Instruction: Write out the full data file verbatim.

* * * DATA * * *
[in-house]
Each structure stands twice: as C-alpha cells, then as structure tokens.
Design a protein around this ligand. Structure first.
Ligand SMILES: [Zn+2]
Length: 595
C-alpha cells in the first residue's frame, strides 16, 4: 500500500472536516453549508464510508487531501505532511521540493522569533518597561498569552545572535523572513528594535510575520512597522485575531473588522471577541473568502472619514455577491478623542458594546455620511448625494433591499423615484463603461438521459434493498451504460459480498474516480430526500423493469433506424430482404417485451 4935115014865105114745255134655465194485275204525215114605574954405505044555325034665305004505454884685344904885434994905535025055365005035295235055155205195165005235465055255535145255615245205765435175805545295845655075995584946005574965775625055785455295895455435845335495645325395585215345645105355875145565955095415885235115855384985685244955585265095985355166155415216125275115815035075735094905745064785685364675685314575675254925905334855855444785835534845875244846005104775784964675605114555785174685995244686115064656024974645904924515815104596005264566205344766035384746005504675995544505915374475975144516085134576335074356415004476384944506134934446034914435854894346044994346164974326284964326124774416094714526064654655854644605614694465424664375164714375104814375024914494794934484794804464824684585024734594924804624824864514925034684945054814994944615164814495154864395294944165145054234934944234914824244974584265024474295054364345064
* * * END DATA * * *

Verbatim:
[in-house]
Each structure stands twice: as C-alpha cells, then as structure tokens.
Design a protein around this ligand. Structure first.
Ligand SMILES: [Zn+2]
Length: 595
C-alpha cells in the first residue's frame, strides 16, 4: 500500500472536516453549508464510508487531501505532511521540493522569533518597561498569552545572535523572513528594535510575520512597522485575531473588522471577541473568502472619514455577491478623542458594546455620511448625494433591499423615484463603461438521459434493498451504460459480498474516480430526500423493469433506424430482404417485451 4935115014865105114745255134655465194485275204525215114605574954405505044555325034665305004505454884685344904885434994905535025055365005035295235055155205195165005235465055255535145255615245205765435175805545295845655075995584946005574965775625055785455295895455435845335495645325395585215345645105355875145565955095415885235115855384985685244955585265095985355166155415216125275115815035075735094905745064785685364675685314575675254925905334855855444785835534845875244846005104775784964675605114555785174685995244686115064656024974645904924515815104596005264566205344766035384746005504675995544505915374475975144516085134576335074356415004476384944506134934446034914435854894346044994346164974326284964326124774416094714526064654655854644605614694465424664375164714375104814375024914494794934484794804464824684585024734594924804624824864514925034684945054814994944615164814495154864395294944165145054234934944234914824244974584265024474295054364345064